If I could play a guitar, it would be a bass, and if I was a famous bass player, I'd want to be just like U2's Adam Clayton. This guy is the baddest bad-ass bass player on earth!
Tonight at the Georgia Dome in downtown Atlanta, upwards of 75,000 gathered around the U2 360 stage for a night of aural delights. Thanks to a street ticket broker and Luck'O'The Irish, my "seat" turned out to be a standing room spot on the inner circle of the tour's distinctive in-the-round staging.
Multiple times during the outstanding show, Mr. Clayton, The Edge, Larry Mullen and, of course, Bono, passed overhead on a small bridge to the "Red Zone" standing area.
This was not my first U2 experience (some may recall my tales of Philips Arena autograph sessions with U2 during March of 2001, as noted on the blog earlier this year) -- thankfully, it won't be the last as my sister and I have tickets for the U2 360 Tour stop at the University of Oklahoma campus stadium (site of the U.S. Olympic Festival '89 Opening Ceremony) later this month.
But tonight's show may be the closest in-concert (as opposed to previous backstage) access to experience U2's spiritual, Brian Eno-infused and glorious music, and tonight's performance will certainly be one to share with grandchildren.
Man, of all the nights to leave my Flip Camera at home (dang!). (Or as they say in Ireland, Shite!)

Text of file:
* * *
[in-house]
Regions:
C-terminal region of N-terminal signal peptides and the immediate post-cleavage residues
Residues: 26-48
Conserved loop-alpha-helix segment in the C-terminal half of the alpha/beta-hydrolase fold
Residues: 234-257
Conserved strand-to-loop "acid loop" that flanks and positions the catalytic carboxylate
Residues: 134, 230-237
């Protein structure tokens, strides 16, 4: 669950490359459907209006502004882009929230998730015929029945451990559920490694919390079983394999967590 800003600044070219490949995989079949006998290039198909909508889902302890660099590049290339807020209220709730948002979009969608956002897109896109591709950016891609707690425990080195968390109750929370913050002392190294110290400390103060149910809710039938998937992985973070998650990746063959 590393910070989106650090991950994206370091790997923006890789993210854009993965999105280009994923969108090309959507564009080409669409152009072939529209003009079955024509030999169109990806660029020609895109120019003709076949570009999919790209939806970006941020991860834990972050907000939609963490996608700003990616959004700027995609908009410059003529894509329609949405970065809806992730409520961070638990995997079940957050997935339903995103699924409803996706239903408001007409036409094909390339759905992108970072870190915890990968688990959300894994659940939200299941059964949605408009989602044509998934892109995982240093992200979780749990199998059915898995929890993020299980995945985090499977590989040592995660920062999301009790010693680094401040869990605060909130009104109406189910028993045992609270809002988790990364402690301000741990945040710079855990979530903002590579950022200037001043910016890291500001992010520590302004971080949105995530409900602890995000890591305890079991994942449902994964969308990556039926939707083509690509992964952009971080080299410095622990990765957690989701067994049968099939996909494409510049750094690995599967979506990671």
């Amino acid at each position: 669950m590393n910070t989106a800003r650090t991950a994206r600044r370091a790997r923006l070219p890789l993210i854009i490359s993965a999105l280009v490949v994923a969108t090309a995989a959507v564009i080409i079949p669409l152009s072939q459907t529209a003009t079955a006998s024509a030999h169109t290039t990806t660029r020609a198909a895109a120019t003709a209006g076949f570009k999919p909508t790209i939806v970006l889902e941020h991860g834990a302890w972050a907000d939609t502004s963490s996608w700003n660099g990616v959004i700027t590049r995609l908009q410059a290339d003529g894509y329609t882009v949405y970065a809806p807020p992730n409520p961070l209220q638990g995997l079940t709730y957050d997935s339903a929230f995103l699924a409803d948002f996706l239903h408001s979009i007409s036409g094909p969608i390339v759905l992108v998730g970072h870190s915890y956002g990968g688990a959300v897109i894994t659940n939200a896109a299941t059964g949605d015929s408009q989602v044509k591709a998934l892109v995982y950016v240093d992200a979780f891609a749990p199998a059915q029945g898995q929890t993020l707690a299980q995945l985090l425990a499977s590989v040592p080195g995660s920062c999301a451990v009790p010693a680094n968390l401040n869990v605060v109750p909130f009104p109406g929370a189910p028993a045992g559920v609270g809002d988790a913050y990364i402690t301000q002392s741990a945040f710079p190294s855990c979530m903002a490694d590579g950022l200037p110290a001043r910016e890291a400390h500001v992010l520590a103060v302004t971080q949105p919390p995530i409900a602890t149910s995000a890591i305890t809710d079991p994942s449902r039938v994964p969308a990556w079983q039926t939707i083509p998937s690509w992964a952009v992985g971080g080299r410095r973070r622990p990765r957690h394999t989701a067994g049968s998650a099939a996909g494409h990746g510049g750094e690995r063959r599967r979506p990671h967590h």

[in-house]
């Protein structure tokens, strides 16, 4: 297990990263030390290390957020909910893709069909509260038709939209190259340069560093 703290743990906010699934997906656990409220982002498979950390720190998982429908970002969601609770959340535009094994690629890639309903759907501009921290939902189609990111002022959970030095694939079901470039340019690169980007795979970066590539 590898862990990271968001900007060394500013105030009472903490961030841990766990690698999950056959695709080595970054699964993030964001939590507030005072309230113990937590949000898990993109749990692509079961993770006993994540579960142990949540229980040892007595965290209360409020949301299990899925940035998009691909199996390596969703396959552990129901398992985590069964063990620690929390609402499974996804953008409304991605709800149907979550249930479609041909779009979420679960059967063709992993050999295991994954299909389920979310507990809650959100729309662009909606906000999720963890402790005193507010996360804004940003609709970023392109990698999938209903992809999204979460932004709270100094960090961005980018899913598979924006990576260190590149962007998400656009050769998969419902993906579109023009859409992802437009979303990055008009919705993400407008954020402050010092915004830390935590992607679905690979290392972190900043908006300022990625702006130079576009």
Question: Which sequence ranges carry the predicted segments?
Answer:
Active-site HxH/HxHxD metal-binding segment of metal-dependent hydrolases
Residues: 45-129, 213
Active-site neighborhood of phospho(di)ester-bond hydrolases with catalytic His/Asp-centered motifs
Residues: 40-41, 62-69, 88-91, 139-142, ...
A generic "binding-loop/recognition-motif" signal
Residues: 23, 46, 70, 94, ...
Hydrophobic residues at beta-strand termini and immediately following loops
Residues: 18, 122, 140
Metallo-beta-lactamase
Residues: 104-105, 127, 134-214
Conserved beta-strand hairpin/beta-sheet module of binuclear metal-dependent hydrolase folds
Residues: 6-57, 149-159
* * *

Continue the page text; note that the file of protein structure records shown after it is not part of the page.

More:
Mr. Clayton is so calm on stage -- he makes all those deep down notes blow through the band's hits with gusto. From about 15 feet away, he seemed to barely touch the guitar strings while smirking with joy through "Walk On," "One" and "Ultraviolet."
I'd like to think he was smiling back at me when I gave the thumbs up as he perused our section of the crowd (though something tells me his eyes stopped on the "Line On The Horizon" of three cheering Georgia Tech co-eds standing in front of me).
There is something about "The Unforgettable Fire" performed live that just got to me. Though it is not an Olympic tune, allusion to the Olympic Torch Relay is not a stretch. Also got choked up a bit as all of the post-Chicago 2016 bummer thoughts of late caught up with me as Bono and The Edge sang "I Still Haven't Found What I'm Looking For."
I was really impressed with U2's infusion of video featuring Archbishop Desmond Tutu and references to political prisoner Aung San Suu Kyi, whose name ever previously crossed my way (but will be part of upcoming study).
Bono reached down from the bridge to pick up a lucky female fan, and it reminded me of a former Atlanta Journal-Constitution photographer getting kissed in the U2 concert photo pit not once but TWICE during her photojournalism career (this lovely photographer showed up in USA Today with that double-smooch story at one point -- she gave me a nice 11x17 glossy print from the 2001 U2 performance at Philips Arena, then a client).
About the only thing that would have improved the experience would have been a surprise appearance by Enya's sister, Clannad singer Moya Brennan, to sing the duet "In A Lifetime" with Mr. Hewson.
I have to wonder (er, hope, er wish and pray) that U2 may somehow turn up in an official Olympic capacity in conjunction with the London 2012 Olympic Games (hello -- how about playing the Opening Ceremony with Led Zeppelin, Elton John, Oasis and Paul McCartney/Ringo Starr!? Anyone at London 2012 taking notes?).
U2's upcoming European leg of 360 includes several Olympic stadiums (specifically, Helsinki, Athens and Munich). If you are near any of these destination venues, taking the 360 Tour is worth the spin!
Photo of Adam Clayton via Flickr